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Signs point to smart packaging success: AIPIA

By Jenni Spinner+

06-Aug-2014
Last updated on 18-Aug-2014 at 19:00 GMT2014-08-18T19:00:52Z

Demand for active and intelligent packaging on food, such as RFID sensors, is on the rise, according to several market intelligence reports. Photo: ThinFilm
Demand for active and intelligent packaging on food, such as RFID sensors, is on the rise, according to several market intelligence reports. Photo: ThinFilm

The Active and Intelligent Packaging Industry Association indicate the future looks bright for active and intelligent food packaging technologies.

The proliferation of active and intelligent packaging, especially in the food and beverage sectors, is accelerating rapidly.

Positive signs

Andrew Manly, AIPIA communications director, told FoodProductionDaily market figures from nearly every intelligence outfit points toward strong, sustained growth in active and smart intelligent packaging demand. This can be attributed toward the surge in available, viable technologies.

Brand owners want to see a return on investment,” he said. “We are at a stage where many active and intelligent packaging exponents can deliver strong cases for how these technologies are already working and delivering results.

Manly pointed toward a horde of recent market reports, which show confidence in active packaging’s future. Freedonia Group predicts US demand will climb 8% each year to hit $3.5bn 2017, outpacing total packaging demand growth.

Integrated technologies

McKinsey’s Disruptive Technologies Report laid out a concept “the Internet of Things,” a disruptive technology trend connecting billions of products, packages and sensors (including RFID and other smart packaging technologies). International Data Corp. estimates revenues from technology and services related to the Internet of Things will grow 8.8% annually to $7.3 trillion by 2017.

Further, technology companies are showing confidence in the market. Xerox estimates the global market for flexible, printed, and organic electronics for products, packaging, and sensors will hit $45bn by 2016, and Cisco CEO John Chambers believes that the "Internet-of-Everything" is poised to evolve into a $19 trillion market with 5X to 10X the impact on society as the Internet.

Finally, a market forecast from Smithers Pira holds that printed electronics used in food packaging and other applications will surge in demand from approximately $17bn now, to more than $50bn in the next five years. Further, the Smithers Pira report believes the figure could top $190bn by 2025.

Meeting of the minds

AIPIA will be leading the discussion at its AIPIA Congress, scheduled November 2-4 in Chicago (collated with PACK EXPO International). Manley said the healthy growth potential in the market will be a key talking point.

AIPIA sees this as a process of progression,” he said. “At the first Congress in Tokyo, we talked about the technologies and the ideas behind them; in Nuremburg last year it the conversation was much more about projects and how to get active and intelligent packaging working as a marketing tool, as well as in technical areas.”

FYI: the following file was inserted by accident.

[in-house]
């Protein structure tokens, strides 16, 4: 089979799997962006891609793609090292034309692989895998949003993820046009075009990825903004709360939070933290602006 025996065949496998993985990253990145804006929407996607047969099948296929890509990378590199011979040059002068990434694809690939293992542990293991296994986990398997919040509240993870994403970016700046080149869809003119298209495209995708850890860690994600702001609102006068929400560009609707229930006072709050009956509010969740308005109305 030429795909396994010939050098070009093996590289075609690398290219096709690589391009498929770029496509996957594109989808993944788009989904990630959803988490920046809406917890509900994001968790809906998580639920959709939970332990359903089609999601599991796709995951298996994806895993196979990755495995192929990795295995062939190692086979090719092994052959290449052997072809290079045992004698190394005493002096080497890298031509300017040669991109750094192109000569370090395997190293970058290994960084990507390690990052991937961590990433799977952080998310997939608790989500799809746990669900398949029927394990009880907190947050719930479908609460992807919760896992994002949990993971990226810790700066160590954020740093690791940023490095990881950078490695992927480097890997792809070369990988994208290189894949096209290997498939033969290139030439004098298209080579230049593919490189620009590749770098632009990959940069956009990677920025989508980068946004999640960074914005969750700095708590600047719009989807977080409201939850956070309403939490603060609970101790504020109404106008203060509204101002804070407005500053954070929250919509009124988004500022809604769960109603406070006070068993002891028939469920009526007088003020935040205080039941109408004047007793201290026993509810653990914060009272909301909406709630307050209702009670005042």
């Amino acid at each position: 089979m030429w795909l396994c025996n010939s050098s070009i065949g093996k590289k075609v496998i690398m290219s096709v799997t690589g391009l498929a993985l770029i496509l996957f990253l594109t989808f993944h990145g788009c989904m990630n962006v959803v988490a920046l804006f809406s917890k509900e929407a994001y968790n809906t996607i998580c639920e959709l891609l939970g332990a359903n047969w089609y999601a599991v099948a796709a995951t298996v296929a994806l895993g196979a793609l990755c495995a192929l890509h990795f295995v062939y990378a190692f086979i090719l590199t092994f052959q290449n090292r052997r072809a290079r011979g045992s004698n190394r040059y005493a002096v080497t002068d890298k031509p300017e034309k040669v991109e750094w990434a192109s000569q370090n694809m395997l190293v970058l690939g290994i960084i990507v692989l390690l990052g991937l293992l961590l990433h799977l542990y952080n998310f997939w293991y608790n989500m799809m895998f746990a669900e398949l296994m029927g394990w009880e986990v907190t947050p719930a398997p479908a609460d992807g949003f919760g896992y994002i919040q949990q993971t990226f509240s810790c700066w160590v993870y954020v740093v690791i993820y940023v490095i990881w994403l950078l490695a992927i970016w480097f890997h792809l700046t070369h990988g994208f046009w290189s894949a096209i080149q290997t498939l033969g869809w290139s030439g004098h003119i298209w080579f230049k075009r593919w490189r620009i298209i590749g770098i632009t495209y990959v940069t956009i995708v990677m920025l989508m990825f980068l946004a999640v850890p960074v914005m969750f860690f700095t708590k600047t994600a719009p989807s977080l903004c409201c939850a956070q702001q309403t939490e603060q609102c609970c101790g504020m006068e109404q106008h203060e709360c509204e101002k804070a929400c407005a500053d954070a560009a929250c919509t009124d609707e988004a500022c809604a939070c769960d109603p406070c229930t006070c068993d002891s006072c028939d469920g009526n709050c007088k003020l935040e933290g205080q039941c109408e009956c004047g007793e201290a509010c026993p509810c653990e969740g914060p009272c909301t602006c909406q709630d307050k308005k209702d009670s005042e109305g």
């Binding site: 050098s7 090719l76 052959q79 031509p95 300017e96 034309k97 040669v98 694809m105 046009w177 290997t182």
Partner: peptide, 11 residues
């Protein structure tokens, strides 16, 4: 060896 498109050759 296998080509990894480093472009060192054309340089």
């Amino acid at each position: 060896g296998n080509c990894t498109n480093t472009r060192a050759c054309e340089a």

At the 2014 meeting, Manly told FPD, the primary focus will be on implementing active/smart packaging technologies, and how it can impact a company’s bottom line.

When AIPIA first arrived on the scene in 2012 that the timeline for implementation was two to five years and we are only half way through that,” he said. “However, the momentum to adopt some form or other of active and intelligent packaging is very strong now and we expect a very dynamic Congress.”

Manly said the AIPIA expects to attract food and packaging players from significant, multinational companies.

Because the Congress is the only event which focuses on all the different aspects of active and intelligent packaging, it is the only place to get an overview of the entire market and how the various technologies might interact with each other,” he said. “We expect it to attract both big companies with multi-disciplined requirements as well as specialists looking at very particular aspects of the market.

On the table will be technologies like RFID sensing, printed electronics, modified-atmosphere packaging, and others. One way Congress will bring the ideas home to attendees, Manly said, is showing food and packaging professionals how to bring everything together.

Many companies need to join up the dots and see how one active technology might combine with an intelligent solution, as well as have the opportunity to push the envelope and see where some half-formed ideas might go,” he said. “We saw lights going on all over the room in Nuremburg as delegates began to see the potential of one or more active and intelligent packaging product in a different way.”

While the event is still getting the finishing touches put on it, Manly said attendees should expect the AIPIA Congress to be a dynamic business-builder.

It’s a chance to meet some very powerful decision makers, and get a complete, up-to-date picture,” he said. “What could be better than that?”

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